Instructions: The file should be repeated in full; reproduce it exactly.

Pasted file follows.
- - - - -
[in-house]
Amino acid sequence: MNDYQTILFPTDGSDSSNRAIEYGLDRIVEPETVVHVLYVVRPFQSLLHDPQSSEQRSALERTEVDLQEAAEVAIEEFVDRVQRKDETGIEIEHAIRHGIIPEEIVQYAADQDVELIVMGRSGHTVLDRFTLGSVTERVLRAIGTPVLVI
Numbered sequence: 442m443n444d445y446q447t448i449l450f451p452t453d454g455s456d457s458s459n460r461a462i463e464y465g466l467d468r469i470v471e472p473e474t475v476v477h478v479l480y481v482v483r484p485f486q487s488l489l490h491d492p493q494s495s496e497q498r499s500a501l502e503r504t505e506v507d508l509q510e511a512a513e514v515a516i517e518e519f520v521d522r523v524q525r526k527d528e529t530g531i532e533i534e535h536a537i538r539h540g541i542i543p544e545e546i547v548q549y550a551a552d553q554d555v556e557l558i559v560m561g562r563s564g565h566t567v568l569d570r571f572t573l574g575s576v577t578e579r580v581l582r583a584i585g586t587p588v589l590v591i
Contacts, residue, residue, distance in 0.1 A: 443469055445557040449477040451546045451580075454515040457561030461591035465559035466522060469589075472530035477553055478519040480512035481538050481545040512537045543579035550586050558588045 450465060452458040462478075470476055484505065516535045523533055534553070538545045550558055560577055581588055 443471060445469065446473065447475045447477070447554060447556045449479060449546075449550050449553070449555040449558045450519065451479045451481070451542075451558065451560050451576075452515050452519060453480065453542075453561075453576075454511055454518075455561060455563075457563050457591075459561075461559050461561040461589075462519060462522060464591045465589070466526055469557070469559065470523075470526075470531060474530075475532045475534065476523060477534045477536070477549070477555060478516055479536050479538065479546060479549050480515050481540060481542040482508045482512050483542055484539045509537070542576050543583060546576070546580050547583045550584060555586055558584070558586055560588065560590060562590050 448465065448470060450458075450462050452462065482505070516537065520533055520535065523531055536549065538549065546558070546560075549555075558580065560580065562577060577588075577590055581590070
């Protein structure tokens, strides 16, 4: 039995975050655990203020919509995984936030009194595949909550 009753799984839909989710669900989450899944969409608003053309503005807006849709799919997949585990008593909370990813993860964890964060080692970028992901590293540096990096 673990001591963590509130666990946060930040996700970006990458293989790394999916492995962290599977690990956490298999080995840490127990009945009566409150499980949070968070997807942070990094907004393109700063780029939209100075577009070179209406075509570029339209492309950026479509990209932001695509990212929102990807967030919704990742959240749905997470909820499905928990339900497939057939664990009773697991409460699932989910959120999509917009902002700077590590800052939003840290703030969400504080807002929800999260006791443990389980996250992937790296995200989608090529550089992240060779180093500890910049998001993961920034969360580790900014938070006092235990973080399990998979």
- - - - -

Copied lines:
[in-house]
Amino acid sequence: MNDYQTILFPTDGSDSSNRAIEYGLDRIVEPETVVHVLYVVRPFQSLLHDPQSSEQRSALERTEVDLQEAAEVAIEEFVDRVQRKDETGIEIEHAIRHGIIPEEIVQYAADQDVELIVMGRSGHTVLDRFTLGSVTERVLRAIGTPVLVI
Numbered sequence: 442m443n444d445y446q447t448i449l450f451p452t453d454g455s456d457s458s459n460r461a462i463e464y465g466l467d468r469i470v471e472p473e474t475v476v477h478v479l480y481v482v483r484p485f486q487s488l489l490h491d492p493q494s495s496e497q498r499s500a501l502e503r504t505e506v507d508l509q510e511a512a513e514v515a516i517e518e519f520v521d522r523v524q525r526k527d528e529t530g531i532e533i534e535h536a537i538r539h540g541i542i543p544e545e546i547v548q549y550a551a552d553q554d555v556e557l558i559v560m561g562r563s564g565h566t567v568l569d570r571f572t573l574g575s576v577t578e579r580v581l582r583a584i585g586t587p588v589l590v591i
Contacts, residue, residue, distance in 0.1 A: 443469055445557040449477040451546045451580075454515040457561030461591035465559035466522060469589075472530035477553055478519040480512035481538050481545040512537045543579035550586050558588045 450465060452458040462478075470476055484505065516535045523533055534553070538545045550558055560577055581588055 443471060445469065446473065447475045447477070447554060447556045449479060449546075449550050449553070449555040449558045450519065451479045451481070451542075451558065451560050451576075452515050452519060453480065453542075453561075453576075454511055454518075455561060455563075457563050457591075459561075461559050461561040461589075462519060462522060464591045465589070466526055469557070469559065470523075470526075470531060474530075475532045475534065476523060477534045477536070477549070477555060478516055479536050479538065479546060479549050480515050481540060481542040482508045482512050483542055484539045509537070542576050543583060546576070546580050547583045550584060555586055558584070558586055560588065560590060562590050 448465065448470060450458075450462050452462065482505070516537065520533055520535065523531055536549065538549065546558070546560075549555075558580065560580065562577060577588075577590055581590070
């Protein structure tokens, strides 16, 4: 039995975050655990203020919509995984936030009194595949909550 009753799984839909989710669900989450899944969409608003053309503005807006849709799919997949585990008593909370990813993860964890964060080692970028992901590293540096990096 673990001591963590509130666990946060930040996700970006990458293989790394999916492995962290599977690990956490298999080995840490127990009945009566409150499980949070968070997807942070990094907004393109700063780029939209100075577009070179209406075509570029339209492309950026479509990209932001695509990212929102990807967030919704990742959240749905997470909820499905928990339900497939057939664990009773697991409460699932989910959120999509917009902002700077590590800052939003840290703030969400504080807002929800999260006791443990389980996250992937790296995200989608090529550089992240060779180093500890910049998001993961920034969360580790900014938070006092235990973080399990998979």